Several pharmacists have questioned the effectiveness of orally-administered phenylephrine as a nasal decongestant.[2][3] At least one meta-analysis has concluded that it is more effective than placebos,[4] while other research has not found sufficient evidence to support this claim.[5][6][7]

Regulation on sale[edit]

In the United Kingdom, "Sudafed Decongestant" containing 60 mg of pseudoephedrine hydrochloride per tablet is available in packs of 12 tablets from pharmacies and is classified as a Pharmacy Only Medication ("[P]"), so any sale follows a series of questions from the pharmacist to determine if it is safe. Historically, packs of 24 tablets were also available, but the maximum pack size for OTC sales was reduced to 12 tablets as a measure to counteract misuse. The version that contains phenylephrine is not restricted and may be purchased off the shelf from supermarkets and other stores.

In Australia, Sudafed with up to 60 mg of pseudoephedrine is available subject to a pharmacist matching the purchaser's identity to the Project STOP database to determine if the purchase history is consistent with personal use. Under Project STOP, a maximum of one pseudoephedrine containing drugs can be sold over the counter per day. However, doctors still retain the ability to prescribe the drugs. In Queensland, all pharmacists dispensing pseudoephedrine based substances must use the Project STOP database.[8] If identification is not provided, the pharmacist may, at his or her discretion, still provide the medication.

In Canada,[9] Sudafed contains phenylephrine hydrochloride, pseudoephedrine hydrochloride in a 120mg "12 hour time release" capsule, or pseudoephedrine hydrochloride combined with other ingredients (e.g. Ibuprofen).

In the United States, section 711 of the Combat Methamphetamine Epidemic Act of 2005 reclassifies phenylpropanolamine, pseudoephedrine and ephedrine as Schedule Listed Chemicals (SLC).[10] SLCs were reduced by the Federal per-transaction sales limit from 9 grams to 3.6 grams. The amount recently proposed by the Administration requires behind-the-counter storage or locked cabinet storage.

References[edit]

  1. ^ Suo, Steve (2004). "Shelved solutions". The Oregonian. 
  2. ^ Heldeles, L. and Hatton, R. (2006). "Oral phenylephrine: An ineffective replacement for pseudoephedrine?". Journal of Allergy and Clinical Immunology 118 (1): 279–280. doi:10.1016/j.jaci.2006.03.002. PMID 16815167.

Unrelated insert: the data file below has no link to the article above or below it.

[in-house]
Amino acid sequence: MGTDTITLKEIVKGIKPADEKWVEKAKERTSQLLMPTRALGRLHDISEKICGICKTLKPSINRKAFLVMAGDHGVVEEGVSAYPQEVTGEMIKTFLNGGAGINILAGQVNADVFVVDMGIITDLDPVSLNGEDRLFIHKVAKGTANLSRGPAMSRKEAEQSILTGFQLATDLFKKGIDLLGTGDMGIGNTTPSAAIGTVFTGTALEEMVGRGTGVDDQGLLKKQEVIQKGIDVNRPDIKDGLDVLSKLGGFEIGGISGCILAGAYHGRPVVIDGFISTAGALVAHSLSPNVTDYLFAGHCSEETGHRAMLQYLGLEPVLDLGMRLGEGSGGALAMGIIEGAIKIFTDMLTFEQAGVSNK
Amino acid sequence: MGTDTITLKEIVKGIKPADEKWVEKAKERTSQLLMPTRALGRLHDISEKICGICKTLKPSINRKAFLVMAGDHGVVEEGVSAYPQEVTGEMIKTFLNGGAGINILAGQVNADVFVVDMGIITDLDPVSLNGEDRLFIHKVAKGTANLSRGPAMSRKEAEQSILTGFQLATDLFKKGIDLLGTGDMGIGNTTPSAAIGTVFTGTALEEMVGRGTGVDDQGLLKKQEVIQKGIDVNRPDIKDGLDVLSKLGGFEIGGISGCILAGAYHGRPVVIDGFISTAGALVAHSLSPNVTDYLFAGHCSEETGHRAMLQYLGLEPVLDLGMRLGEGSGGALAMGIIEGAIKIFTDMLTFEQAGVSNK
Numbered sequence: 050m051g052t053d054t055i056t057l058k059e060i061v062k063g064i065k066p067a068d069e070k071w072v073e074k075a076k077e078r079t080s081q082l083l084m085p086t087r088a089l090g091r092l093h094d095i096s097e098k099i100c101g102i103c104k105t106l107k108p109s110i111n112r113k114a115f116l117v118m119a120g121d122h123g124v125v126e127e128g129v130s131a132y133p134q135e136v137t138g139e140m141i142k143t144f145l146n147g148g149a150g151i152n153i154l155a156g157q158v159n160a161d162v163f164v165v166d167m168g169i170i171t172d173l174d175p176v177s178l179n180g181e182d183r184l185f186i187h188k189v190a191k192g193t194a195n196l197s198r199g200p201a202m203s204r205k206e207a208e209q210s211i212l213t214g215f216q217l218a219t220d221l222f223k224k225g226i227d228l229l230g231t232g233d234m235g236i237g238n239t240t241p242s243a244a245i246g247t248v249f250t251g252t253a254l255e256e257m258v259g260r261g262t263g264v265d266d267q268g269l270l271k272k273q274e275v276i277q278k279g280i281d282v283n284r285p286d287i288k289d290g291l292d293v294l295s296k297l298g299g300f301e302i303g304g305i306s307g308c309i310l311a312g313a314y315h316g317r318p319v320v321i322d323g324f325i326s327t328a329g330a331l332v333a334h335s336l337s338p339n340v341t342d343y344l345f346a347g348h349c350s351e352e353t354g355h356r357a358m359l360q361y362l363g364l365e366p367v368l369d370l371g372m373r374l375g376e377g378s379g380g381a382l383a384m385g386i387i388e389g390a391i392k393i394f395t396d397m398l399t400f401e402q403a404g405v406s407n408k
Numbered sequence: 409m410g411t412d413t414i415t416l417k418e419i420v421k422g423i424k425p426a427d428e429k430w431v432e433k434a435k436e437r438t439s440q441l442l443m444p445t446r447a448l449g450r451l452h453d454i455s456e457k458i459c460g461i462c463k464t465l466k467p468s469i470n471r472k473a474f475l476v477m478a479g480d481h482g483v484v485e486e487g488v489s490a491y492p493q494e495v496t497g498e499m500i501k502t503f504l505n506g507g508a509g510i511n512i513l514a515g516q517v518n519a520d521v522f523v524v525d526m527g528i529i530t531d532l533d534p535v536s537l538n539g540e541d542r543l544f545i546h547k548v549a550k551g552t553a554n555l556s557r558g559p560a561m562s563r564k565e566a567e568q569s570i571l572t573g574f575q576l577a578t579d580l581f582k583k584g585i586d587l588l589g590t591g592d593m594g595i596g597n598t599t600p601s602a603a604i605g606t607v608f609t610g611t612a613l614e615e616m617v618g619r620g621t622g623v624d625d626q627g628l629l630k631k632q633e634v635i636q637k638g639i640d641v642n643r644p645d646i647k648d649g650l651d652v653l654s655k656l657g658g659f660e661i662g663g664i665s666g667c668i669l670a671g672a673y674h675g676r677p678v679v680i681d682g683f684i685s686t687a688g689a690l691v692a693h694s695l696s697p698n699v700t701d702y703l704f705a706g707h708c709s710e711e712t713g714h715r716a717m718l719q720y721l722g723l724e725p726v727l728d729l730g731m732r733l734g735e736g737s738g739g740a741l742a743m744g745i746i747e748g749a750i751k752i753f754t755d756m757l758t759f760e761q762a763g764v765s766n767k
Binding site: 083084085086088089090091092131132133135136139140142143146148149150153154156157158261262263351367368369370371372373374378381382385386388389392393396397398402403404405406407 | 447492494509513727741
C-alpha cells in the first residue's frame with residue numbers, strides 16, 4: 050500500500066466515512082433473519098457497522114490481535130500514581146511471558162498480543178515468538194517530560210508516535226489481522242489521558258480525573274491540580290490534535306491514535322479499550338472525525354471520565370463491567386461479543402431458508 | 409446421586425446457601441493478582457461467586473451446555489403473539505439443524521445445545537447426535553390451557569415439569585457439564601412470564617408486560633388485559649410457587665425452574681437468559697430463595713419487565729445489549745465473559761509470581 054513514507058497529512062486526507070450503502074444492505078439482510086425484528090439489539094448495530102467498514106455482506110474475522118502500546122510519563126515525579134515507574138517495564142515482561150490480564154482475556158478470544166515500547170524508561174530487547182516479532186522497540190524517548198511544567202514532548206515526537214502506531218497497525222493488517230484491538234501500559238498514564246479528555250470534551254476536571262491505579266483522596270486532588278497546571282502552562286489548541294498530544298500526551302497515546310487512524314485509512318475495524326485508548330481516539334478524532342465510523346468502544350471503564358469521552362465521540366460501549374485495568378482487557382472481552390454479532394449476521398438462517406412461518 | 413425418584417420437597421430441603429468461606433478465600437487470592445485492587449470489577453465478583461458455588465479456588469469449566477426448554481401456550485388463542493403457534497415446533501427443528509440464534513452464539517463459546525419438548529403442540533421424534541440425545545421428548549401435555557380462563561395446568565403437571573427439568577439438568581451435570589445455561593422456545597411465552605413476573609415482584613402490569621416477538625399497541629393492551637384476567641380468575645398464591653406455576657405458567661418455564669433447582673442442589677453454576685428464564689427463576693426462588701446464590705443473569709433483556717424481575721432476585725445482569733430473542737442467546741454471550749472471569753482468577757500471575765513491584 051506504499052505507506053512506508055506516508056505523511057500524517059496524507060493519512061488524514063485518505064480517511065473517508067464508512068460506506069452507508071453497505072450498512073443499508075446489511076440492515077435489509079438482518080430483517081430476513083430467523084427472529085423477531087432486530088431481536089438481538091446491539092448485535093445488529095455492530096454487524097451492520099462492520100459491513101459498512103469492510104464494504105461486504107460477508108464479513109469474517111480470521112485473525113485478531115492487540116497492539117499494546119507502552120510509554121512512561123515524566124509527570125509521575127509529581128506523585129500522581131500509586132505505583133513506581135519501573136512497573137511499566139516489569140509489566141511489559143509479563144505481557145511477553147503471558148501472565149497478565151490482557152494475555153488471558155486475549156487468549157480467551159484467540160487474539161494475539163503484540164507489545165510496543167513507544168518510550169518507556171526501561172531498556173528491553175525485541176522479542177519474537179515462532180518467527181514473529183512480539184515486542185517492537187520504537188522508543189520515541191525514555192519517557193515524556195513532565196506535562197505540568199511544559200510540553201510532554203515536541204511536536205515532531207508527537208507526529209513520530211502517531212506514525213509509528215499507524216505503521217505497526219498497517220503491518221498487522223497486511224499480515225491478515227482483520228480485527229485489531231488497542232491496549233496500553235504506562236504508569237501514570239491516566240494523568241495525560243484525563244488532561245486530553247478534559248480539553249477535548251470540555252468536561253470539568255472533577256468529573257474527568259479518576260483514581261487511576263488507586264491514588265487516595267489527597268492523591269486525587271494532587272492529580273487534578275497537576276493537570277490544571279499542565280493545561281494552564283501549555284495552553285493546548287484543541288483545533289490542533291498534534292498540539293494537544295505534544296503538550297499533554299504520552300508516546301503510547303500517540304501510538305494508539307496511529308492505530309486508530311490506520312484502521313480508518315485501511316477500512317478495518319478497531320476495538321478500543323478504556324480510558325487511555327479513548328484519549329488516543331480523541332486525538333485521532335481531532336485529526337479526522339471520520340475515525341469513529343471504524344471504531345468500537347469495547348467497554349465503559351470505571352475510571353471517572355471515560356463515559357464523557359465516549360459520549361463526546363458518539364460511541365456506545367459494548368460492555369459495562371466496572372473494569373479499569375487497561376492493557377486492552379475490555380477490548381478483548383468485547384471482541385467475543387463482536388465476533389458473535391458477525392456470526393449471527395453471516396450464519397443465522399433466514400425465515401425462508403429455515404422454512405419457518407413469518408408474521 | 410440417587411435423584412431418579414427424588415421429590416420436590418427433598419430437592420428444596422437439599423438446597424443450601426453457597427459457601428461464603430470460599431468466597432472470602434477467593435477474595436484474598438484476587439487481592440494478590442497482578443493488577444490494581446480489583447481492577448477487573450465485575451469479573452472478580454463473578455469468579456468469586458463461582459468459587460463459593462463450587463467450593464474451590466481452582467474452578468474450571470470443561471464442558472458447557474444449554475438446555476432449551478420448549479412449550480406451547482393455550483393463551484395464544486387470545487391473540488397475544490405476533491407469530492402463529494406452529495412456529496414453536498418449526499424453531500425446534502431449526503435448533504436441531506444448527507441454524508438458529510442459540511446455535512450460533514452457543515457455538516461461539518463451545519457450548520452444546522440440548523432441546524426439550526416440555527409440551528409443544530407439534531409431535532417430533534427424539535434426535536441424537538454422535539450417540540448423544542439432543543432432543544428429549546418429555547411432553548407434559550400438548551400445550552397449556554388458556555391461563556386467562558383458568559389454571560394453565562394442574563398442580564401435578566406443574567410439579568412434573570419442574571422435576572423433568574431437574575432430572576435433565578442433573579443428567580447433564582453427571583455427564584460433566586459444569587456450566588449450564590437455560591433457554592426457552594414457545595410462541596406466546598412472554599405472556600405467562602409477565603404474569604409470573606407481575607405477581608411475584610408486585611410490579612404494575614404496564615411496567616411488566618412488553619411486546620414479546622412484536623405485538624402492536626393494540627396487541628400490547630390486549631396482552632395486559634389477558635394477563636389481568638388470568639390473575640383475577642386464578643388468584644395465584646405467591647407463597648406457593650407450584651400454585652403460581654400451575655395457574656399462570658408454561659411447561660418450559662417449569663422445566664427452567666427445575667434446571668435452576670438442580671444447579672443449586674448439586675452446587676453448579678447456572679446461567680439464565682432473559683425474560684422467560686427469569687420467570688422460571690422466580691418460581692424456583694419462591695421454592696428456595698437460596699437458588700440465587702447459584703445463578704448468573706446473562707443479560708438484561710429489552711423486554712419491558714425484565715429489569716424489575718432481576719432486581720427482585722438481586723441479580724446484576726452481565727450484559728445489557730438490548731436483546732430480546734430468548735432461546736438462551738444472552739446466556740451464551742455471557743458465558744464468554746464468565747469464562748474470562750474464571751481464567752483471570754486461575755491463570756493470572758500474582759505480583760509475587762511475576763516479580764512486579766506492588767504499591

3. ^ University of Florida (press release) (2006-07-19). "UF researchers question effectiveness of decongestant". Retrieved 2008-03-15. 
  4. ^ Kollar C, Schneider H, Waksman J, Krusinska E. (2007). "Meta-analysis of the efficacy of a single dose of phenylephrine 10 mg compared with placebo in adults with acute nasal congestion due to the common cold". Clinical Therapeutics 29 (6): 1057–1070. doi:10.1016/j.clinthera.2007.05.021. PMID 17692721. 
  5. ^ Hatton, R.C. et al. (2007). "Efficacy and Safety of Oral Phenylephrine: A Systematic Review and Meta-Analysis" (abstract). Annals of Pharmacotherapy 41 (3): 381–390. doi:10.1345/aph.1H679. PMID 17264159. (published online Jan 2007)
  6. ^ Horak, F.; Zieglmayer, P.; Zieglmayer, R. �; Lemell, P.; Yao, R.; Staudinger, H.; Danzig, M. (2009). "A placebo-controlled study of the nasal decongestant effect of phenylephrine and pseudoephedrine in the Vienna Challenge Chamber". Annals of Allergy, Asthma & Immunology 102 (2): 116–20. doi:10.1016/S1081-1206(10)60240-2. PMID 19230461.  edit
  7. ^ Day, J. H.; Briscoe, M. P.; Ratz, J. D.; Danzig, M.; Yao, R. (2009). "Efficacy of loratadine-montelukast on nasal congestion in patients with seasonal allergic rhinitis in an environmental exposure unit". Annals of Allergy, Asthma & Immunology 102 (4): 328. doi:10.1016/S1081-1206(10)60339-0.  edit
  8. ^ [1][dead link]
  9. ^ sudafed.ca, Johnson & Johnson, Retrieved 23 April 2010
  10. ^ Human Drug Information. "Legal Requirements for the Sale and Purchase of Drug Products Containing Pseudoephedrine, Ephedrine, and Phenylpropanolamine". Fda.gov. Retrieved 2012-02-13. 

External links[edit]